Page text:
Embattled Chinese tech firm ZTE narrowly survived after the U.S. Department of Commerce hit it with a $1 billion fine and forced changes to its business earlier this year, and. Now it is back in the news for negative reasons after it was judged to have broken the probation around a fine that it copped in 2017.
The company agreed to pay $892 million last March after pleading guilty to charges of violating U.S.-Iran sanctions — the same issue that triggered the initial ban from the Department of Commerce. A condition of that 2017 deal was that the company would be ‘monitored’ until 2020 to ensure against repeat offenses. That term has been extended by a further two years by a U.S. court — as Reuters reports — it had “falsely disciplined” employees who were part of the Iran trading activities.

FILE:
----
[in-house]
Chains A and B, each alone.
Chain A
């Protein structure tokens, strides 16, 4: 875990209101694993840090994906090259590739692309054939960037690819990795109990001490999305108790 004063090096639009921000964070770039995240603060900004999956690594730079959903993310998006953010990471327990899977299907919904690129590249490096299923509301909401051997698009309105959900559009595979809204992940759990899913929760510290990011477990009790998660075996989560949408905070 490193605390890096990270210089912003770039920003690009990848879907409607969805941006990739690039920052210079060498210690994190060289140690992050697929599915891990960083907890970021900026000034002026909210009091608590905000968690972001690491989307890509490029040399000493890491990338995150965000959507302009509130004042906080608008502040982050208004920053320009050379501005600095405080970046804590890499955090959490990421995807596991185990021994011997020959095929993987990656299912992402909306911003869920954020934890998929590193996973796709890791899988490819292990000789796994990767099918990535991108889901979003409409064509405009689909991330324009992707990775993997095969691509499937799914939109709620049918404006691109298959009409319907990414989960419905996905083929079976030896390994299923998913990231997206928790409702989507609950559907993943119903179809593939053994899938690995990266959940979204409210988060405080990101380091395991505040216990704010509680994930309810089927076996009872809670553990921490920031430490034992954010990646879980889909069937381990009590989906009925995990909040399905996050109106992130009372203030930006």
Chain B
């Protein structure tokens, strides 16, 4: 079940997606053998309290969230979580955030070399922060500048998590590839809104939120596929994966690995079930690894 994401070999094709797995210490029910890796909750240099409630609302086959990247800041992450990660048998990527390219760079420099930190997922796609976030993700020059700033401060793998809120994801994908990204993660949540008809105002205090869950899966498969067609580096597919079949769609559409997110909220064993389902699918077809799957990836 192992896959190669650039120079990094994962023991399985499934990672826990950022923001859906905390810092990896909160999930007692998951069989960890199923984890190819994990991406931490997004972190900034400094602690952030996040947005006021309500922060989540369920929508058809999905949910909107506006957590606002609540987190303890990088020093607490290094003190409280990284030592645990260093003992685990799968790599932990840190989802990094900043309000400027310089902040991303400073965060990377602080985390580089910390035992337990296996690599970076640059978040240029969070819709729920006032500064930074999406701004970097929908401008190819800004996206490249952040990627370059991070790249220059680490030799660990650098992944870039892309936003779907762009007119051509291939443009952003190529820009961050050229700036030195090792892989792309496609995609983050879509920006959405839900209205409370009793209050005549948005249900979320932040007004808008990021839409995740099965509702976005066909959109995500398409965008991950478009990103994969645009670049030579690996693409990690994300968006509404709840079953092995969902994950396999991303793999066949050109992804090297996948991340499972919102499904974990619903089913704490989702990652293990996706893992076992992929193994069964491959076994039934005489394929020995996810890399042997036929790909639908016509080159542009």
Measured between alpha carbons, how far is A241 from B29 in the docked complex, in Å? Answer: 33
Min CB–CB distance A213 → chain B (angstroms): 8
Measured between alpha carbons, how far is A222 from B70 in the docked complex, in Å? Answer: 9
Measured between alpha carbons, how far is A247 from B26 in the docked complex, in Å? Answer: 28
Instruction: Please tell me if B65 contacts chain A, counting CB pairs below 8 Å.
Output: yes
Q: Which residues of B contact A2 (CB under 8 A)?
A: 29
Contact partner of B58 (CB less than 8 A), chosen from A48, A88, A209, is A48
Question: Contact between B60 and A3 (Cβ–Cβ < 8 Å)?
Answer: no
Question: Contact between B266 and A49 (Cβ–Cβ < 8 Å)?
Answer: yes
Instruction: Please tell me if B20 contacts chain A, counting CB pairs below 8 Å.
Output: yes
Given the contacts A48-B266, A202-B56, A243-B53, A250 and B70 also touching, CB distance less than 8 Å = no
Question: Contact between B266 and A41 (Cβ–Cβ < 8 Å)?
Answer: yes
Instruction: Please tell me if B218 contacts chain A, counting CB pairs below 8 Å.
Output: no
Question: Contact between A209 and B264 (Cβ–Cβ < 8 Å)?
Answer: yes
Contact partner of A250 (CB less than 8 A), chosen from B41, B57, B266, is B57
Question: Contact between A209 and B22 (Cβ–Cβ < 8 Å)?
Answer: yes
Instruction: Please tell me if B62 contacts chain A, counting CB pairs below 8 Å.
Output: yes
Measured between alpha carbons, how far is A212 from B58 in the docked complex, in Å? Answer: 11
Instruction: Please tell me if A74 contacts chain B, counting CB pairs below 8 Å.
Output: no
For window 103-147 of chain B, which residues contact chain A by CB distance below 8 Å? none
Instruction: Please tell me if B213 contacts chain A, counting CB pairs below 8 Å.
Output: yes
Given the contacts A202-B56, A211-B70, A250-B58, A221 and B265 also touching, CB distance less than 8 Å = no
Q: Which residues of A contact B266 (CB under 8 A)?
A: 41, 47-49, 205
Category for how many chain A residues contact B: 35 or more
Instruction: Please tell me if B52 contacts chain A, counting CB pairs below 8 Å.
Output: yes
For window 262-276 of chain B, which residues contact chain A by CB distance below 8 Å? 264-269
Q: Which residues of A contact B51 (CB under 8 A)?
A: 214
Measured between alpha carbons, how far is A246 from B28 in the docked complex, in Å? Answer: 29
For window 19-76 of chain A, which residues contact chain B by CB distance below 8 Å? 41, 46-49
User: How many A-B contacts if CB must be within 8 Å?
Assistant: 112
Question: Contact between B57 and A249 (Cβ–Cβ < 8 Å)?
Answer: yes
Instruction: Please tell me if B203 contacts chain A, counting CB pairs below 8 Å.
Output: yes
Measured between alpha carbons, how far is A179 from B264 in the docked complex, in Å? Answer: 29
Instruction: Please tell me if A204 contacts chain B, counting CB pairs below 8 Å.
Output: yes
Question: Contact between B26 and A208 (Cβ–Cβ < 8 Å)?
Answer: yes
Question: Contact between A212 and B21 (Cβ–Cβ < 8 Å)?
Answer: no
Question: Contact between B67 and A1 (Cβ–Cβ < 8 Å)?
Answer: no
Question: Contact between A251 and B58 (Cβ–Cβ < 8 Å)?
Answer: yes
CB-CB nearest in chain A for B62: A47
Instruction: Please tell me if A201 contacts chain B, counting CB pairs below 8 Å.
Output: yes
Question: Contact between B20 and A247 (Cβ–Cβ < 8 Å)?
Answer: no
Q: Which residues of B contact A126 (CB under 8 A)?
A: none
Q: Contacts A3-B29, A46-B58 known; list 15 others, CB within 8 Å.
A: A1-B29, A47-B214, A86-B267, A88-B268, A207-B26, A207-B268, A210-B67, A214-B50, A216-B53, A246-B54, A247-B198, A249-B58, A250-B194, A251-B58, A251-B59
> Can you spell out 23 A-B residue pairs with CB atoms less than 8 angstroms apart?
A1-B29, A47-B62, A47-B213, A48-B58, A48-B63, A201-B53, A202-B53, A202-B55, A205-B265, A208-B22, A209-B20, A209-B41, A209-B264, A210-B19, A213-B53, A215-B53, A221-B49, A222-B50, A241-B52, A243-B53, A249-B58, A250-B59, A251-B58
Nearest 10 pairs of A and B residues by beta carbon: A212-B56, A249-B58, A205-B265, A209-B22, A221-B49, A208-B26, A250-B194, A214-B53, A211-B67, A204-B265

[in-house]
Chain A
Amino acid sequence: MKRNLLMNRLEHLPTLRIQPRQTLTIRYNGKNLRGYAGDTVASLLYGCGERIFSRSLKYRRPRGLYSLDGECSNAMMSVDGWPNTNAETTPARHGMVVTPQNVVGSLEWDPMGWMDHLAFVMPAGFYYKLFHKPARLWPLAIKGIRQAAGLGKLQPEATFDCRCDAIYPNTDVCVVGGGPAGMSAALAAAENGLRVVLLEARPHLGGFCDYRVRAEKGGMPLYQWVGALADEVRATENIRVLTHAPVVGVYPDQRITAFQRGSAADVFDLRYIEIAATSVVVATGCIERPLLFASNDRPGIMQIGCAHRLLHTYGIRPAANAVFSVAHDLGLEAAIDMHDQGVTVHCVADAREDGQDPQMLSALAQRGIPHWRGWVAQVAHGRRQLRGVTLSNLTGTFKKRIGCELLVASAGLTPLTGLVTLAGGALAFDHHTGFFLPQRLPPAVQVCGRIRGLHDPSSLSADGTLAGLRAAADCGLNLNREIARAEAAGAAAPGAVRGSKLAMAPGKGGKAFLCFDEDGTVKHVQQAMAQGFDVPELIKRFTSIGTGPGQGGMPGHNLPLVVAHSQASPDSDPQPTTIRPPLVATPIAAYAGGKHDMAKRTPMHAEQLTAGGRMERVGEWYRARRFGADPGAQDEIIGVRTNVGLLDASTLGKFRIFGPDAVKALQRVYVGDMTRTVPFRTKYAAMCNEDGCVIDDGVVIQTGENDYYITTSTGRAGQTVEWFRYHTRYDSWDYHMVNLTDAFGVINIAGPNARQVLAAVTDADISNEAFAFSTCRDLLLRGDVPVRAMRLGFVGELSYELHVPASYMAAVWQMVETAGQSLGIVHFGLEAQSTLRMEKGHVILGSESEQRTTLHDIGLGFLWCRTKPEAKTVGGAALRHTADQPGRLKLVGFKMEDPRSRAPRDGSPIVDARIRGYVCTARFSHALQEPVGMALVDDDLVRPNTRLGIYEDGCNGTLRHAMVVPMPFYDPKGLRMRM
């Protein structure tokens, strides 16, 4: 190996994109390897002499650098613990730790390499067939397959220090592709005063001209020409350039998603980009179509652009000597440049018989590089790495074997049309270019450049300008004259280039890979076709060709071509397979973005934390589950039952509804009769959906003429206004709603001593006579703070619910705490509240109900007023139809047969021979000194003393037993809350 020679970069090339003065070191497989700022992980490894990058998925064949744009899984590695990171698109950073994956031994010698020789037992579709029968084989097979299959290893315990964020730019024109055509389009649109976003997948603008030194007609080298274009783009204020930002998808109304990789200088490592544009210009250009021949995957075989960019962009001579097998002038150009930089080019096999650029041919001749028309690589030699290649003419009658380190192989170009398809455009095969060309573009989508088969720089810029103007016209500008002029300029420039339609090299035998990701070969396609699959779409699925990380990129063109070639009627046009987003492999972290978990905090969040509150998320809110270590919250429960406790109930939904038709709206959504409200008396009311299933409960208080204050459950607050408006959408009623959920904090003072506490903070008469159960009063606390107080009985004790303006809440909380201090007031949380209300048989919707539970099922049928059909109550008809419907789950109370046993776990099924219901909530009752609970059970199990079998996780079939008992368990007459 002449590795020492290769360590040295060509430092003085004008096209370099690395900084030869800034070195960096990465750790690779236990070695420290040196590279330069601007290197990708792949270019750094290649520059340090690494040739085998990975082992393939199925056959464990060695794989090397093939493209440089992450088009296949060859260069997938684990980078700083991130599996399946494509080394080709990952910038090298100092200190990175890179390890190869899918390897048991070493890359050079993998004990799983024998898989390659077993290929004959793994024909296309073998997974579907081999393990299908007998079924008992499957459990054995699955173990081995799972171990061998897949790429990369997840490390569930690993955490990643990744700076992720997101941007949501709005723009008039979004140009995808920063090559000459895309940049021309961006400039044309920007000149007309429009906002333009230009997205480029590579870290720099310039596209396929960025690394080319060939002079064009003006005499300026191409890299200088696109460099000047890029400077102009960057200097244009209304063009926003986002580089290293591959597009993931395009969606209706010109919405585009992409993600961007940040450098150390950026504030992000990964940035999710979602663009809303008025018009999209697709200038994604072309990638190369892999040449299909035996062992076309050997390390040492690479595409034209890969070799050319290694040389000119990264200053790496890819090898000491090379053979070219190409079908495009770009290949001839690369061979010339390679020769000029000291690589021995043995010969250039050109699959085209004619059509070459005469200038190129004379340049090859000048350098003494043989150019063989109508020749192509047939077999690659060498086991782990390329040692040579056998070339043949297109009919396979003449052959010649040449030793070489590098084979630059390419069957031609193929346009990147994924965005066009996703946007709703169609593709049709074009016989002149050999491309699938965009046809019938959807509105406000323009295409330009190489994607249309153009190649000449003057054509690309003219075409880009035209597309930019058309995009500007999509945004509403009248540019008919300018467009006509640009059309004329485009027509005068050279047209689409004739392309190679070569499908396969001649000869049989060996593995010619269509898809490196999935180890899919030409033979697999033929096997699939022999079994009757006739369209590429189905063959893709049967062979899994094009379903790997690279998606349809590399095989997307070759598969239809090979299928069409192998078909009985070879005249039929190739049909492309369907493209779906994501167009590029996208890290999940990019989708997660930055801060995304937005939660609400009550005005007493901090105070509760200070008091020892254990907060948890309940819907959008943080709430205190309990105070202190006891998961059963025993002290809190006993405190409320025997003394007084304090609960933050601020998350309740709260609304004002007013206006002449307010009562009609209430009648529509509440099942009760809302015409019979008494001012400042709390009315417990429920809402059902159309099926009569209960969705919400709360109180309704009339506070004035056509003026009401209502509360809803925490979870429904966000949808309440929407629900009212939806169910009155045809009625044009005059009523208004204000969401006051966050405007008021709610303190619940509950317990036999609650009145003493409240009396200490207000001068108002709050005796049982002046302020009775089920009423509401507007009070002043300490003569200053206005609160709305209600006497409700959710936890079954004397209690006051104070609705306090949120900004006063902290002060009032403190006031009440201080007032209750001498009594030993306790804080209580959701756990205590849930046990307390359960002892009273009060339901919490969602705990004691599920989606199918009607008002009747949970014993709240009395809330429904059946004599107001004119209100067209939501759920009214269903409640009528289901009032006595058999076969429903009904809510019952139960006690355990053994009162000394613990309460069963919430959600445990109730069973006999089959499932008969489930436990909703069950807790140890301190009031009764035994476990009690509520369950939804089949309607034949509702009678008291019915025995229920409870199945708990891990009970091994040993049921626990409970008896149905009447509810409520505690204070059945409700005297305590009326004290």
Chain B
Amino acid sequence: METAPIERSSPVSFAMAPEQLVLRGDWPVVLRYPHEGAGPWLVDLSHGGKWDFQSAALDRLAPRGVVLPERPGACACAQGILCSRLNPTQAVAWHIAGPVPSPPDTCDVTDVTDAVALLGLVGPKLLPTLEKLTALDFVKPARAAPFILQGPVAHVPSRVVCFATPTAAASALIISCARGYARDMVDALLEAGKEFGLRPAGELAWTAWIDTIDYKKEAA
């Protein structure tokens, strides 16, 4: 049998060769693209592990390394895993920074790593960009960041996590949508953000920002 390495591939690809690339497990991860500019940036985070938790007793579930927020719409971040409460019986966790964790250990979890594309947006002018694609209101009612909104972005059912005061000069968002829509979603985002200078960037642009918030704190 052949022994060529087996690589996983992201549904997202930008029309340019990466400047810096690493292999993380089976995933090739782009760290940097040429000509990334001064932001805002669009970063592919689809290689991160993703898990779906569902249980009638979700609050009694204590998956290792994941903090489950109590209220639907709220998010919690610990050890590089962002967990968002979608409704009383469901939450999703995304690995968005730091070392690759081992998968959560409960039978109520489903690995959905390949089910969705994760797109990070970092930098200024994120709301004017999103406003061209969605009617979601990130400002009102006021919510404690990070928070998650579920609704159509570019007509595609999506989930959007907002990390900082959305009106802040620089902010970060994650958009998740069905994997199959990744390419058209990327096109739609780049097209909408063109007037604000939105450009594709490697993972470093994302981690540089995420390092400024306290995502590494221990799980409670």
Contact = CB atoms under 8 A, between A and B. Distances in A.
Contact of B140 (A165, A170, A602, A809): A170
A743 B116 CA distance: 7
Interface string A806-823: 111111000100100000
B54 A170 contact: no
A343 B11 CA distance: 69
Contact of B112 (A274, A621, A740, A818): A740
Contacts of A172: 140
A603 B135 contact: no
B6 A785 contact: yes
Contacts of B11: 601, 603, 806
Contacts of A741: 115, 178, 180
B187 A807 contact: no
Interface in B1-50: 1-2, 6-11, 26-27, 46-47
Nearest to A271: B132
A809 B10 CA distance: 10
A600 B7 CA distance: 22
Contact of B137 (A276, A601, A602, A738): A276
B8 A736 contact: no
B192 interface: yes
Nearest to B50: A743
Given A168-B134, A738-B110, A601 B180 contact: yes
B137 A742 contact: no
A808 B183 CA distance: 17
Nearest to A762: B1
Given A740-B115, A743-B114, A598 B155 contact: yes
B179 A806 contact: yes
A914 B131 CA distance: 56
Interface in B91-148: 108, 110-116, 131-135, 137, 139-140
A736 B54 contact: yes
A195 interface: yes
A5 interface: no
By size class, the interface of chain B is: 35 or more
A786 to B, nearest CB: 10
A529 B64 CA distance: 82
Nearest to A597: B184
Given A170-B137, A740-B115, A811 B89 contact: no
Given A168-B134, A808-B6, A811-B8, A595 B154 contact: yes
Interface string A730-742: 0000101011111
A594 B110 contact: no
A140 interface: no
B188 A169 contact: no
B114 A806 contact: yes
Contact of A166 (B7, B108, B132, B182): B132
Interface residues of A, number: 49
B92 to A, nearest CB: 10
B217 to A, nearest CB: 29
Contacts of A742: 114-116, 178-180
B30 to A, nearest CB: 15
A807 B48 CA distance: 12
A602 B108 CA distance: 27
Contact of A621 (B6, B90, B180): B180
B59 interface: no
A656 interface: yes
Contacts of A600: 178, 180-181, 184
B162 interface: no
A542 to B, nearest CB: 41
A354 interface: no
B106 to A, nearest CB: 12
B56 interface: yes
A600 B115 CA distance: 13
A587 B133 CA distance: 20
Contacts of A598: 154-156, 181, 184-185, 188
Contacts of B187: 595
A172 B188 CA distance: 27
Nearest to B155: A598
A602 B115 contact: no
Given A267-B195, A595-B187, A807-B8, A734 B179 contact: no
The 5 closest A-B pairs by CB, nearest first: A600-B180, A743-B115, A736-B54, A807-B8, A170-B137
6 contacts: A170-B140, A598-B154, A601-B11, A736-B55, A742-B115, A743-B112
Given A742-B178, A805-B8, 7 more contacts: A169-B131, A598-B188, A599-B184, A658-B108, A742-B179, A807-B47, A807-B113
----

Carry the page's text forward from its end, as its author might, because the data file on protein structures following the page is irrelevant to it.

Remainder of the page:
ZTE had been required to terminate the senior members of staff and discipline the others involved.
ZTE disclosed the extension in a filing to the Hong Kong stock exchange. It added that the court-appointed monitor will also be given access to the same information as the monitor tied to the Department of Commerce. That means copmpany documents, information, facilities and personnel.
The company is the second largest provider of telecoms equipment in the world, it has over 75,000 employees and is suspected of close ties with the government. However, it is dependent on U.S-based companies for certain components which is why it is caught up in U.S. politics and regulators.
Before the fine earlier this year, it looked like the company was finished. The Trump administration banned U.S. companies from selling components to ZTE for seven years but the President himself spearheaded an unexpected reprieve that saw ZTE pay the fine and make operational changes. Trump’s move was part of a wider and ongoing trade war that the U.S. and China have fought out using trade tariffs.
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